Our explorations of the city streets also took us by the Red Abbey Tower, an old medieval tower of an old abbey, one of the last pieces of Medieval architecture still standing in Cork, a cool thing to explore if you are into medieval history.

Really into towers? Not afraid of tiny spaces? Really want to be that obnoxious person that tries to make a song out of church bells? Then, the Shandon Bells Tower is definitely a place that you don’t want to miss! By paying only 5€ for adults or 4€ for students, you can climb all the way to the top of the Shandon Bells Tower of the St. Anne’s Shandon Church in Cork. On one level, you can actually ring the bells yourself. The church has even been so kind as to provide songs for you to try out on the bells. On another level, you can witness the bells actually being rung, with ear muffs provided by the church, of course. Then, once you get all the way to the top, you get the most gorgeous view of the city while still hearing the bells sing their songs. It’s a pretty fantastic experience, if I do say so myself.

Cork’s quirkiness doesn’t stop there though. Despite the unfortunate lack of time I had in Cork to fit this gem into my schedule, there is a butter museum in Cork! Now in what used to be the old home of the Cork Butter Exchange, this museum takes you through the history of dairying in early Ireland, the development of the dairy industry in Ireland in the 20th century, the history and the production of Cork butter, and the history of the great Cork Butter Exchange. Additionally, it’s only 4€ for adults and 3€ for students! Who knew that butter was one of Ireland’s number one exports? Who knew that Ireland even made butter? I, most definitely, did not.

Lastly, don’t forget to hit up Franciscan Well Brewery, a craft brewery slightly northwest of the Cork city center. As a former beertender myself, living in France has put a large dent in my craft brew consumption over the past 7 months, as it’s the land of the wines, is craft brew scene is basically non-existent. So, needless to say, I was in a beer heaven of sorts at this place.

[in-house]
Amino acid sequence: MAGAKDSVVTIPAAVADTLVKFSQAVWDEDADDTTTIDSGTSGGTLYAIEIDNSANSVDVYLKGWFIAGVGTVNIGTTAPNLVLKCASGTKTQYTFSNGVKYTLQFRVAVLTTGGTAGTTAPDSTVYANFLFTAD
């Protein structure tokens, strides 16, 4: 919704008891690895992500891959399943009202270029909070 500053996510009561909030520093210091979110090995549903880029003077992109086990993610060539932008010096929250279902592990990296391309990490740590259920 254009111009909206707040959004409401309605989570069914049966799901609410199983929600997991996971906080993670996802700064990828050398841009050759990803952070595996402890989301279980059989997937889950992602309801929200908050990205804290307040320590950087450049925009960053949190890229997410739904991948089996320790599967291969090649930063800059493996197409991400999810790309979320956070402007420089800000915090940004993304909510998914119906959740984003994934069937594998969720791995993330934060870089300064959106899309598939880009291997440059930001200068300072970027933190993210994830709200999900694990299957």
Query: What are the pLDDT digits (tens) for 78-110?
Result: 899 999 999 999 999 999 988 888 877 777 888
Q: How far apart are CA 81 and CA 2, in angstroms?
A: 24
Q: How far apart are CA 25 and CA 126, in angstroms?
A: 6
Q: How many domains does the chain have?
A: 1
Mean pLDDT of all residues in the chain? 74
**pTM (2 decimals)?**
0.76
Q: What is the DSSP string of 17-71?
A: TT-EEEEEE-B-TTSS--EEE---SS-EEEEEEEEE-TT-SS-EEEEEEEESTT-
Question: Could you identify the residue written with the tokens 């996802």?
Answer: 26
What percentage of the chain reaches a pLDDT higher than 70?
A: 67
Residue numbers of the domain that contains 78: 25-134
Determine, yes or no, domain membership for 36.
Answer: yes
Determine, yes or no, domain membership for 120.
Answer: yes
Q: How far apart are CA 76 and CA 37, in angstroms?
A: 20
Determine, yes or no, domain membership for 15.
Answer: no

Founded in 1998, Franciscan Well Brewery was built on the grounds of an old Franciscan monastery that dates back to 1219. Local legend claims that the well from which the monastery got its water back in the day had healing powers, and people would come from all over to drink from it. Now, how cool is that? As a history buff and a storyteller, I adore a good legend. You can learn all of this and more through a guided tour of the brewery with free samplings for only 10€.


Unfortunately, the brewing does not brew with water from the well in modern day, however, they do brew amazing beer. They have three main brews: Rebel Red, Chieftain IPA, and the Friar Weisse.

Rebel Red, my personal favorite, is a red ale with a bit of a caramel finish named after Cork County’s nickname (because apparently each county in Ireland has its own nickname. Again, who knew? The things you learn in Ireland), Rebel.

The Chieftain IPA, brewed to honor the king who founded the site of where the present-day brewery is, King Diarmund McCarthy Mor, is not overly hoppy, so even the likes of Stout lovers can enjoy it.

Lastly, the Friar Weisse, a German style wheat beer, offers anyone who tastes it an enjoyable bit of citrus with some added clove.

So, even though this brewery is still growing, it’s definitely a not-miss stop, especially for my fellow craft brew lovers out there.


Cork is a must on any traveler’s bucket list. Cork’s quirkiness meshes well mine, as I’m sure it will with many people’s, and I can’t help feeling that I’m going to need to go back there some day. Besides, where else would you get the opportunity to participate in an unusual combination of travel experiences? Beer, butter, and swans, my friends….The unknown side of Ireland.